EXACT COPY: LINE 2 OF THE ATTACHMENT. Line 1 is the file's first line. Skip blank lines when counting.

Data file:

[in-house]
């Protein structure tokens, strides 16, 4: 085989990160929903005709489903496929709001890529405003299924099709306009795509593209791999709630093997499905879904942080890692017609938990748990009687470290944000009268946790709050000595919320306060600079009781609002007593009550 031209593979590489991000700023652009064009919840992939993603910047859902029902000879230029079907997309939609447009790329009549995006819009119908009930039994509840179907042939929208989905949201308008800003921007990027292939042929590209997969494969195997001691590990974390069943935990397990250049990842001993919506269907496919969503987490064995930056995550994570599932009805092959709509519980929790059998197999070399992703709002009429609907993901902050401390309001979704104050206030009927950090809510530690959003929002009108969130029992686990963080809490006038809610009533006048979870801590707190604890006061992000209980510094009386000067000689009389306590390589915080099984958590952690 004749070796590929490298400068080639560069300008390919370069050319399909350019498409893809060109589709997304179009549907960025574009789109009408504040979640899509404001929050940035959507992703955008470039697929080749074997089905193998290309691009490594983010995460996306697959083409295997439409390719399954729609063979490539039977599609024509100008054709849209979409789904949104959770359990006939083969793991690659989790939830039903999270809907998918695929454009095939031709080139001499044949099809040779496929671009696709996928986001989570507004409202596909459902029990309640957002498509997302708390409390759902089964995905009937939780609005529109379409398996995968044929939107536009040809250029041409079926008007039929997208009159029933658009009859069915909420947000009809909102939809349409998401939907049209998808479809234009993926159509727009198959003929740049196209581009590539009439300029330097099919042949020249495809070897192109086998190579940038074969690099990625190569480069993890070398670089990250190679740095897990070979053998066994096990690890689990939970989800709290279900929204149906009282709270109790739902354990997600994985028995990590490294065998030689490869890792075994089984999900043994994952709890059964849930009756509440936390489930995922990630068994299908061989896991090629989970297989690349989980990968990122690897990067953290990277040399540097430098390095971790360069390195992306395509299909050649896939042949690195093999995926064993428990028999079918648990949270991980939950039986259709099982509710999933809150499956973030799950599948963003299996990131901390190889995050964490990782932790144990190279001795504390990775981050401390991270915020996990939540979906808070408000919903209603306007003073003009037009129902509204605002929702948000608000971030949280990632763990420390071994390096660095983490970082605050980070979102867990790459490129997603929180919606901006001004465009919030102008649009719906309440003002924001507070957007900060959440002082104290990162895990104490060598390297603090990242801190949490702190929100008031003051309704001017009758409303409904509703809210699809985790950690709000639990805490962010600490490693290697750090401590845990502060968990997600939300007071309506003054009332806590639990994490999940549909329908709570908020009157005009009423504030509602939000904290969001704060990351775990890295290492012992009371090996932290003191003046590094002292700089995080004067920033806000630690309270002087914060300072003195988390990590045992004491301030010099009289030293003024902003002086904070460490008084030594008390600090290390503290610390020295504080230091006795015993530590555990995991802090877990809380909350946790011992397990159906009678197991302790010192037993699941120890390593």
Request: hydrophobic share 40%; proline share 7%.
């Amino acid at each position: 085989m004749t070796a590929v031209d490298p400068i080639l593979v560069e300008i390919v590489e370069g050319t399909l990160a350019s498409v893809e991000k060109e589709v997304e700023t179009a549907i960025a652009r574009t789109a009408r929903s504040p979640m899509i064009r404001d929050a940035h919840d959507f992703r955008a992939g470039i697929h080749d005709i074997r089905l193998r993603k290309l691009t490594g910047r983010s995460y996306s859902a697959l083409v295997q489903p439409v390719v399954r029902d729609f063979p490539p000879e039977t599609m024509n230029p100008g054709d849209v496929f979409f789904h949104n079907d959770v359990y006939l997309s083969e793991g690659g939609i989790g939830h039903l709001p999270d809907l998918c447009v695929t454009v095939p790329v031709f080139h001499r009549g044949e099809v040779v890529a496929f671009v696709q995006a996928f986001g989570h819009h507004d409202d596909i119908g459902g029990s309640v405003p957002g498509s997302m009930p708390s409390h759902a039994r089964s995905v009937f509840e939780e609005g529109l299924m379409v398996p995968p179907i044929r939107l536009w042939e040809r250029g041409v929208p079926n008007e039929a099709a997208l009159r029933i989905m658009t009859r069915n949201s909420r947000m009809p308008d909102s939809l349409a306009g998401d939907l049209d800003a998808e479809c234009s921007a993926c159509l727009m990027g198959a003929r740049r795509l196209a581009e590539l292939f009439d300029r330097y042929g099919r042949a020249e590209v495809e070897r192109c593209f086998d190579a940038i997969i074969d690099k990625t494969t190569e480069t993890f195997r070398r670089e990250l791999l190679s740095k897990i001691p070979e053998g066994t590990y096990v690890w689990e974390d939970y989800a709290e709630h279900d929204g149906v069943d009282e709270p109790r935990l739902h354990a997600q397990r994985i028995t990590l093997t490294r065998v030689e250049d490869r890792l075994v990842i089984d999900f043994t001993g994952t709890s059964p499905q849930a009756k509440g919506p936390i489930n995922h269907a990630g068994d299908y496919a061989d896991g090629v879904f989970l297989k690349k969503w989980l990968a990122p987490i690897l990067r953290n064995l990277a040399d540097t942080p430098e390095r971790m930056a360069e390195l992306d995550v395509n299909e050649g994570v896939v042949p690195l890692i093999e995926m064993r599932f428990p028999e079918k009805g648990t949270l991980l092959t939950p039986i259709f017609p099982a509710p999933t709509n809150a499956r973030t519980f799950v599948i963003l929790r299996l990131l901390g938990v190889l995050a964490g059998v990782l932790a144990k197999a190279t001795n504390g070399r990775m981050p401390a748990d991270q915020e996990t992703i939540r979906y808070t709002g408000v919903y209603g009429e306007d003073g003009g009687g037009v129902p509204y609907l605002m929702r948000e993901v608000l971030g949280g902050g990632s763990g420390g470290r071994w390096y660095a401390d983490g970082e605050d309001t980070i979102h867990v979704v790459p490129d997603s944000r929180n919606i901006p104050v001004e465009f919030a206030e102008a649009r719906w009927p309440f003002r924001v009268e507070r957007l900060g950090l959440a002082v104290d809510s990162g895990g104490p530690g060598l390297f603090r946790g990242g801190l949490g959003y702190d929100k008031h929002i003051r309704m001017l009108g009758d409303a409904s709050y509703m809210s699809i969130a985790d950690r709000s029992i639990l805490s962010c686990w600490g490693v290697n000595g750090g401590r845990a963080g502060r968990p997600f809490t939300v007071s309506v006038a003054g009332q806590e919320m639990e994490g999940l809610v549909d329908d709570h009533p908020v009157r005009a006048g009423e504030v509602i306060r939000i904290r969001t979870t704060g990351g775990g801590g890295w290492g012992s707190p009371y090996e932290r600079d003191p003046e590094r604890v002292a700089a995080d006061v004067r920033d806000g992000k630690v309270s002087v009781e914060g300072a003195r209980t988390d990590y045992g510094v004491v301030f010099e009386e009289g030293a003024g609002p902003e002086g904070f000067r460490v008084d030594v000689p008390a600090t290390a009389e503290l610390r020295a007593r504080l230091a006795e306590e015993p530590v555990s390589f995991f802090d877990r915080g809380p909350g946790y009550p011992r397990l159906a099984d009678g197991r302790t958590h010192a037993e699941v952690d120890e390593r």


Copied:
């Protein structure tokens, strides 16, 4: 085989990160929903005709489903496929709001890529405003299924099709306009795509593209791999709630093997499905879904942080890692017609938990748990009687470290944000009268946790709050000595919320306060600079009781609002007593009550 031209593979590489991000700023652009064009919840992939993603910047859902029902000879230029079907997309939609447009790329009549995006819009119908009930039994509840179907042939929208989905949201308008800003921007990027292939042929590209997969494969195997001691590990974390069943935990397990250049990842001993919506269907496919969503987490064995930056995550994570599932009805092959709509519980929790059998197999070399992703709002009429609907993901902050401390309001979704104050206030009927950090809510530690959003929002009108969130029992686990963080809490006038809610009533006048979870801590707190604890006061992000209980510094009386000067000689009389306590390589915080099984958590952690 004749070796590929490298400068080639560069300008390919370069050319399909350019498409893809060109589709997304179009549907960025574009789109009408504040979640899509404001929050940035959507992703955008470039697929080749074997089905193998290309691009490594983010995460996306697959083409295997439409390719399954729609063979490539039977599609024509100008054709849209979409789904949104959770359990006939083969793991690659989790939830039903999270809907998918695929454009095939031709080139001499044949099809040779496929671009696709996928986001989570507004409202596909459902029990309640957002498509997302708390409390759902089964995905009937939780609005529109379409398996995968044929939107536009040809250029041409079926008007039929997208009159029933658009009859069915909420947000009809909102939809349409998401939907049209998808479809234009993926159509727009198959003929740049196209581009590539009439300029330097099919042949020249495809070897192109086998190579940038074969690099990625190569480069993890070398670089990250190679740095897990070979053998066994096990690890689990939970989800709290279900929204149906009282709270109790739902354990997600994985028995990590490294065998030689490869890792075994089984999900043994994952709890059964849930009756509440936390489930995922990630068994299908061989896991090629989970297989690349989980990968990122690897990067953290990277040399540097430098390095971790360069390195992306395509299909050649896939042949690195093999995926064993428990028999079918648990949270991980939950039986259709099982509710999933809150499956973030799950599948963003299996990131901390190889995050964490990782932790144990190279001795504390990775981050401390991270915020996990939540979906808070408000919903209603306007003073003009037009129902509204605002929702948000608000971030949280990632763990420390071994390096660095983490970082605050980070979102867990790459490129997603929180919606901006001004465009919030102008649009719906309440003002924001507070957007900060959440002082104290990162895990104490060598390297603090990242801190949490702190929100008031003051309704001017009758409303409904509703809210699809985790950690709000639990805490962010600490490693290697750090401590845990502060968990997600939300007071309506003054009332806590639990994490999940549909329908709570908020009157005009009423504030509602939000904290969001704060990351775990890295290492012992009371090996932290003191003046590094002292700089995080004067920033806000630690309270002087914060300072003195988390990590045992004491301030010099009289030293003024902003002086904070460490008084030594008390600090290390503290610390020295504080230091006795015993530590555990995991802090877990809380909350946790011992397990159906009678197991302790010192037993699941120890390593």